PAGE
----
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Sometimes referred to as “the beef of the sea,” braised angler fish is the focus of agujjim, and is served on a bed of dropwort and bean sprouts. The ingredients make for a dish that is at once tart and savory, as well as soft and crunchy. Can’t handle heat? You might want to stay away, as its sauce of chili powder, chili paste and chili peppers – whew, that’s a lot of chili – packs a potent punch.
This tasty stew takes its name from its central ingredient, freshwater mudfish (chueo). Once boiled and smashed, the fish is cooked with a variety of vegetables such as mung bean sprouts, dried radish greens, sweet potato stems and cabbage. While the flavors of the stew are particularly satisfying, its unique texture is what really differentiates it from other seafood soups.
Perhaps one of the strangest seafood dishes on this list, gaebul (aka “the penis fish”) is a species of sea worm that – you guessed it – looks like a certain part of the male anatomy. Often consumed as an aphrodisiac for men, it is known to spurt out a stream of salty water when bitten into.
Ganjang Gejang (간장게장)
A favorite of Koreans, ganjang gejang, or soy sauce crab, is prepared by marinating fresh, raw crabs in a concoction of soy sauce and vinegar for around three days. Served cold, often as a side dish, the crab’s sharp pungency is so addictive that it is sometimes called “rice thief” in Korean, referring to the fact that diners will often eat more rice just so they can be served more gejang. Do as the locals do and add rice to the crab shell, mix it with the meat and sauce, and bon appétit!
Godeunggeo Gui (고등어구이)
Grilled to perfection, salted mackerel can be savored on its own or added to rice. In addition to being delicious, it’s also a great source of omega 3 fatty acids, protein, vitamins, and minerals. This, along with its affordability, make it one of the most common seafood dishes in South Korea.
Haemul Pajeon (해물파전)
Crunchy and filling, Korea’s savory pancake tastes best when served brimming with shellfish, cuttlefish, and other kinds of seafood. This variety of the popular dish is called haemul (seafood) pajeon, and while it’s delectable anytime, Koreans often enjoy it with makgeolli, a fizzy rice wine, on rainy days.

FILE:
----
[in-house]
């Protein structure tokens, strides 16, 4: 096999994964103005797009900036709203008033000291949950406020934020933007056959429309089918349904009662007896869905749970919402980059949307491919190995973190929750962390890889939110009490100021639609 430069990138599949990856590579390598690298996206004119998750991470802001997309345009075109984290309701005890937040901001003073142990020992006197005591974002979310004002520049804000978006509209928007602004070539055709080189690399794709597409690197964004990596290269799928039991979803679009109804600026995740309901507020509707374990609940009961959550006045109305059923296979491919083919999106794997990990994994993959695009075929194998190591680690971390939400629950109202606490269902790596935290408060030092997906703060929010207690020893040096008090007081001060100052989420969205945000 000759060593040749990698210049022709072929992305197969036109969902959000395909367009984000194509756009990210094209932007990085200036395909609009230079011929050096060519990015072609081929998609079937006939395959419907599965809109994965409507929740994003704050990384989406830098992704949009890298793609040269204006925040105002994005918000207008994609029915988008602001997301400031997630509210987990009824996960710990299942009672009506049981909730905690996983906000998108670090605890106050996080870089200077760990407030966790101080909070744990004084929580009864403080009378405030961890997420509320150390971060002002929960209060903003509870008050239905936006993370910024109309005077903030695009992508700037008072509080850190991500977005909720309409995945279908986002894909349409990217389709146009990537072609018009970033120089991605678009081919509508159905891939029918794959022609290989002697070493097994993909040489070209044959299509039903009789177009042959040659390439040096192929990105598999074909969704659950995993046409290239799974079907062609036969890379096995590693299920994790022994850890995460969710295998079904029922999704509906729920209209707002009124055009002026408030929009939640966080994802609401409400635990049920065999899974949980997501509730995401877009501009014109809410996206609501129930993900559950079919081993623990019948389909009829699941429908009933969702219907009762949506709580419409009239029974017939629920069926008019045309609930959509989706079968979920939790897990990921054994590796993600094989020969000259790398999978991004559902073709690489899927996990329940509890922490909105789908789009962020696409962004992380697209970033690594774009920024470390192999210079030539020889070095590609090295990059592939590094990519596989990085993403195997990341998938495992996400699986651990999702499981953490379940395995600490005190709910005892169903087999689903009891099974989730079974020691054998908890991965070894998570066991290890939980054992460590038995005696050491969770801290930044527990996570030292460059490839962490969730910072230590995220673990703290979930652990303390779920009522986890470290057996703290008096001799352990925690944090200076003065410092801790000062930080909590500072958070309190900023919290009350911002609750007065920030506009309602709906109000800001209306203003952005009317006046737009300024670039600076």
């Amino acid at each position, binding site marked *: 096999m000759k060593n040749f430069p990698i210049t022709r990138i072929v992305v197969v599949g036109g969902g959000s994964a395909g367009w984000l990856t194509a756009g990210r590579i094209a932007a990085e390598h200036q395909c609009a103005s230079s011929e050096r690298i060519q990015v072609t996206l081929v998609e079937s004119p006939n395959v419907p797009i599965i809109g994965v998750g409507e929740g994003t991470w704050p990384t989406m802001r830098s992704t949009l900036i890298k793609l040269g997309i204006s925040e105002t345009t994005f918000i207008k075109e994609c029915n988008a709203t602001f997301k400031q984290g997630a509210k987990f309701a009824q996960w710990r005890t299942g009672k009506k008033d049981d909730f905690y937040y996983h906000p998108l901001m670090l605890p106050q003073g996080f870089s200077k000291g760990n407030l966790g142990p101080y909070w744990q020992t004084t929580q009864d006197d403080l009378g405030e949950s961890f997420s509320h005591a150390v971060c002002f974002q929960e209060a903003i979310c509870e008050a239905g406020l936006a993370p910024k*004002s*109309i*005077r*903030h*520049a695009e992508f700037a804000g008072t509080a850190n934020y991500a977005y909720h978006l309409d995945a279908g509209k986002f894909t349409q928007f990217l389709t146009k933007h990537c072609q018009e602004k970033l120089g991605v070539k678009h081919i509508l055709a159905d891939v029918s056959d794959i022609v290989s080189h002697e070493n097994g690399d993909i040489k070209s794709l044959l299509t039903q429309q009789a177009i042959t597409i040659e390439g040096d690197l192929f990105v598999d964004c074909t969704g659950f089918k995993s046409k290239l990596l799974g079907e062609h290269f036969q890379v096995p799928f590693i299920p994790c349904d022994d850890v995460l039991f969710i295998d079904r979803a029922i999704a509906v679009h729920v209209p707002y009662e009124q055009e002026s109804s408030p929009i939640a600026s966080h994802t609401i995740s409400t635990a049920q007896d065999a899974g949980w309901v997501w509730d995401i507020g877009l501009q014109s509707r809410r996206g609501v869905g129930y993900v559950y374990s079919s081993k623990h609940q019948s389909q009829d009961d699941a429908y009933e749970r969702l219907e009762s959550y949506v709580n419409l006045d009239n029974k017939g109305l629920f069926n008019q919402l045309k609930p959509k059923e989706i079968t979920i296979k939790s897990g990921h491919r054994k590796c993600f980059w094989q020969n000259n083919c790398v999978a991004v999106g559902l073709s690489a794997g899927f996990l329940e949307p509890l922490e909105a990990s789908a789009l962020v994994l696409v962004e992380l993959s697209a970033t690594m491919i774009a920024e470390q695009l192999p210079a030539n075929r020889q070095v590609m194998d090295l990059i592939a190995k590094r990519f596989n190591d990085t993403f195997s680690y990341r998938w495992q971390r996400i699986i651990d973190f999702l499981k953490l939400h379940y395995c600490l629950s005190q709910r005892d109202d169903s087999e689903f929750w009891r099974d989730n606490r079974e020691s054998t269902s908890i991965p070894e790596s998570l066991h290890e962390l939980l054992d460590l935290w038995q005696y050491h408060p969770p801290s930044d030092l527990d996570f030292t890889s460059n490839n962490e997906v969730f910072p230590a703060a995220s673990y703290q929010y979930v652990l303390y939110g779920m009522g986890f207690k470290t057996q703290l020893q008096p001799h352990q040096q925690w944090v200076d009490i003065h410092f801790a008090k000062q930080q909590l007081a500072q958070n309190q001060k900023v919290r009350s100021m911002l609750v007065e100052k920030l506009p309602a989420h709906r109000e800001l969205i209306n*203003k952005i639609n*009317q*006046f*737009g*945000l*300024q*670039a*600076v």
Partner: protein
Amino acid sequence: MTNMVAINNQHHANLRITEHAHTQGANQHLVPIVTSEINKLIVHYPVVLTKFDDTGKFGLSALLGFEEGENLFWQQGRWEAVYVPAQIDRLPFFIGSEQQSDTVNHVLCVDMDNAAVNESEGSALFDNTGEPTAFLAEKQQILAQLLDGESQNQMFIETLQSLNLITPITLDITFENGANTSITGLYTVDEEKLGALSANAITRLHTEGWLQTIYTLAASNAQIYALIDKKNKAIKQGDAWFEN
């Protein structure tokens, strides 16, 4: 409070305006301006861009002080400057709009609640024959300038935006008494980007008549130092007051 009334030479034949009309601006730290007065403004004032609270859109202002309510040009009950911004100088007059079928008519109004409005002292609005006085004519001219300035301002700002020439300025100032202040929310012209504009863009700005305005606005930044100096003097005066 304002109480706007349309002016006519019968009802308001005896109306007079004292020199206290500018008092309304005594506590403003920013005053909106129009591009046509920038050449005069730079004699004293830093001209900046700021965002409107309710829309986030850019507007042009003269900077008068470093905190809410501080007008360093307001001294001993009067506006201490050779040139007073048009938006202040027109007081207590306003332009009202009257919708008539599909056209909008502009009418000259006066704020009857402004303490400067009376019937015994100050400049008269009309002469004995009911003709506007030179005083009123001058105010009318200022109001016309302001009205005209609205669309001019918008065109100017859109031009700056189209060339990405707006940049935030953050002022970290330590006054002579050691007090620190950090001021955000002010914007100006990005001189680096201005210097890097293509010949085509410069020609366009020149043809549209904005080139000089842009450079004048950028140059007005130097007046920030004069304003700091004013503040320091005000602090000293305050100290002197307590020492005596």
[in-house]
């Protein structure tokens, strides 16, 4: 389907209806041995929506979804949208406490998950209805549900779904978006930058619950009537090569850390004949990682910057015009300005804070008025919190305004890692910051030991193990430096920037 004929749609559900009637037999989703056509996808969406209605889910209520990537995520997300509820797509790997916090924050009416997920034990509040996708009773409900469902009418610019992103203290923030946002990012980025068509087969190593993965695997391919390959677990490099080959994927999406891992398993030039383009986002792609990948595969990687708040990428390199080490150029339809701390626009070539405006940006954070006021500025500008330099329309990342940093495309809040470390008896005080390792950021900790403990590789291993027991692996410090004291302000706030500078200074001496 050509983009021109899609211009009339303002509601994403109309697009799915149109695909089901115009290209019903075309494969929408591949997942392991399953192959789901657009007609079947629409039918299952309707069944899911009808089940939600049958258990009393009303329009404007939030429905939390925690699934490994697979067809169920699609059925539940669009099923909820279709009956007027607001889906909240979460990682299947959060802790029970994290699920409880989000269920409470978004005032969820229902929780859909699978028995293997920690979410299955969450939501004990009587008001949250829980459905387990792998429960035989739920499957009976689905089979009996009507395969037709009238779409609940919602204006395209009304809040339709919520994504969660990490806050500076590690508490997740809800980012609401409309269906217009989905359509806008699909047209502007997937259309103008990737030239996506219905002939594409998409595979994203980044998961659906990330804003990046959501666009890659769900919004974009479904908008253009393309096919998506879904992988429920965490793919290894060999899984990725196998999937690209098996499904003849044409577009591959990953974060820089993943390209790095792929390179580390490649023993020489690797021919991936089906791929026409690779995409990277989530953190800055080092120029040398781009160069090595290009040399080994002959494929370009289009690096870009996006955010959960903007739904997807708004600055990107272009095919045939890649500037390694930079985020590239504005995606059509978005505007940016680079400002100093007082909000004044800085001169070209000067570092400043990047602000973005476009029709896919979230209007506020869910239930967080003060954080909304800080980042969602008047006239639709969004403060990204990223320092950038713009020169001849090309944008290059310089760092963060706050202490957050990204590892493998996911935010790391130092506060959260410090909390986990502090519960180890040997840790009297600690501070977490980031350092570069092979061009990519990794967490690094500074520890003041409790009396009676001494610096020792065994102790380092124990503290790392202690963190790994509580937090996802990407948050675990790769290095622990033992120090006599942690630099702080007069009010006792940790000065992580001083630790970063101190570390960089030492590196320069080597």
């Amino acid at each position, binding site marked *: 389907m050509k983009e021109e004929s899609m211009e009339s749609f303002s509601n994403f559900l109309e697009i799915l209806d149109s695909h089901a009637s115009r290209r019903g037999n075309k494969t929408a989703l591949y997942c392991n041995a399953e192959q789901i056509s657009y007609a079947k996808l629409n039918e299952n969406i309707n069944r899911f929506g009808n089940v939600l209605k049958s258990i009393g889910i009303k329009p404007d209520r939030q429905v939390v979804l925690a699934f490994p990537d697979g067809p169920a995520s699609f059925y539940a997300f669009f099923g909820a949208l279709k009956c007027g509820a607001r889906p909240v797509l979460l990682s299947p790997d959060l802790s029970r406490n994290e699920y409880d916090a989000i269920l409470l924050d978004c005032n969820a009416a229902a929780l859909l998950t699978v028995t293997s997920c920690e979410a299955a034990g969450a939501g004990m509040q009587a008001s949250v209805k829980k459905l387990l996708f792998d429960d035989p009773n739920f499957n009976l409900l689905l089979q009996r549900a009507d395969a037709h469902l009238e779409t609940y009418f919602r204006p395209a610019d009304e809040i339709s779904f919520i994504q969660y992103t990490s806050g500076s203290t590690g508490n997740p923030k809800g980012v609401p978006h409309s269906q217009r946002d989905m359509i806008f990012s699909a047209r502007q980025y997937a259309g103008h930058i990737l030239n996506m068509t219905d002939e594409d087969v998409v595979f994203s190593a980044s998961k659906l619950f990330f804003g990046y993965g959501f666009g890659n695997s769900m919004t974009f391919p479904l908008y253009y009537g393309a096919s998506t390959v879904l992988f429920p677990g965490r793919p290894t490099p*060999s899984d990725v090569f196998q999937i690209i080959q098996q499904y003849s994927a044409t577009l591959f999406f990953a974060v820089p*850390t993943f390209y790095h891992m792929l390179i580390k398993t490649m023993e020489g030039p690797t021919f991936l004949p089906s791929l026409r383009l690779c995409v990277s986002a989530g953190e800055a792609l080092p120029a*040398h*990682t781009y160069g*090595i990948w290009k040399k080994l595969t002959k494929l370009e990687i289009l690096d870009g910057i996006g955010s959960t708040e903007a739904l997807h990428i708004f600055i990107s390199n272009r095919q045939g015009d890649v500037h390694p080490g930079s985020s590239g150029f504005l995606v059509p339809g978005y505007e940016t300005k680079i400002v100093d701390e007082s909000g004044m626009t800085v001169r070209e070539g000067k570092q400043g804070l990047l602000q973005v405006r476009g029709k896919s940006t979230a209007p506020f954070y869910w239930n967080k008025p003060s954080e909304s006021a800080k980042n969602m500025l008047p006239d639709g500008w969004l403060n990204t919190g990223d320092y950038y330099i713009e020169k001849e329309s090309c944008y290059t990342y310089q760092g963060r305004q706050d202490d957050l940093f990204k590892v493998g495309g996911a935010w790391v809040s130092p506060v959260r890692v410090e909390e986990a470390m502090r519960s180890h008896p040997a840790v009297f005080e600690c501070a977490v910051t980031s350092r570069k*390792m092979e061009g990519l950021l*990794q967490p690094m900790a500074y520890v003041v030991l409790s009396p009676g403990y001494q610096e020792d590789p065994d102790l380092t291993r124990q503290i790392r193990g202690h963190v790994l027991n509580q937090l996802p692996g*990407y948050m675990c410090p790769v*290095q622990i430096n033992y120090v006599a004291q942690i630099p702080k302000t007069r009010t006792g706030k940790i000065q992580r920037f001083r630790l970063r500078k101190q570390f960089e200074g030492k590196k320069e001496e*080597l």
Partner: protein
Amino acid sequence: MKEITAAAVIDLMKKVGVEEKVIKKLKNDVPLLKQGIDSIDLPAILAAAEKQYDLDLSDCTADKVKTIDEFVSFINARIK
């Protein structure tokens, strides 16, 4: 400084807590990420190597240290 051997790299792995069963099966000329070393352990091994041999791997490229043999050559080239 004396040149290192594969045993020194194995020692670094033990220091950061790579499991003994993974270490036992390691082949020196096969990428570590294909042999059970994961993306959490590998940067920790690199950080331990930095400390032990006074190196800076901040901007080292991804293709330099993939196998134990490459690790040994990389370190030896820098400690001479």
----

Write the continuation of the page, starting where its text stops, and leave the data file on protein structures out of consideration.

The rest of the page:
Feeling adventurous? Dig into a plate of hongeo, or fermented skate. Skate don’t urinate like other fish, but instead pass uric acid through their skin. When the fish is fermented, the uric acid breaks down into a compound that gives off the strong scent of ammonia. Despite its rather rancid odor, hongeo is packed with collagen, which helps gives the skin that gorgeous K-beauty glow.
Along with jjajangmyeong (black bean noodles), jjambbong, seafood noodle soup, makes up the core of Korean home delivery cuisine. Vegetables and various types of seafood ranging from squid to mussels are served on a bed of chewy noodles in a spicy, flavorful broth. It’s Korean Chinese food at its finest.
Jogae Gui (조개구이)
One dining experience not to be missed when visiting one of Korea’s coastal towns is chowing down on jogae gui, or grilled shellfish, at a seaside restaurant. The sight of ajumma (middle-aged women) delivering just-caught seafood to your table, the sound of clinking soju glasses, and the fragrance of shellfish being slowly grilled slowly over an open flame culminate in a truly fantastic meal.
Bajirak Kalguksu (바지락 칼국수)
Even the pickiest of eaters cannot help but fall in love with kalguksu, hand-cut noodle soup. Simple but flavorful, this tasty Korean dish is especially good when overflowing with bajirak, or clams. The savory-salty broth is so good that you might find yourself drinking it straight from the bowl.
Nakji bokkeum (낙지볶음)
Enjoyed throughout all regions of the country, nakji bokkeum is a Korean culinary classic. Octopus is stir-fried with vegetables in a sauce of chili paste, chili powder, green peppers, and chili peppers – ingredients that are each spicy on their own but collectively equate to a seriously fiery dish. When prepared correctly, the chewy octopus is smothered in a thick, dark red sauce so delicious that you’ll forget the pain you’re in from eating it.
Consumed as either a snack on the go, a light meal, or a side dish for drinking, skewered fishcakes are a street food that can be found on just about any corner of the country. Popular since the days of the Japanese occupation, the spongy delicacy is tasty, filling, and easy on the wallet.
Made famous worldwide by Park Chan-wook’s film Oldboy, sannakji, or live octopus, consists of chopped-up tentacles (that squirm around as you eat them) that are served with a selection of dipping sauces. Sannakji is not the easiest dish to eat – those suckers tend to stick to the plate – but makes for a highly memorable culinary experience.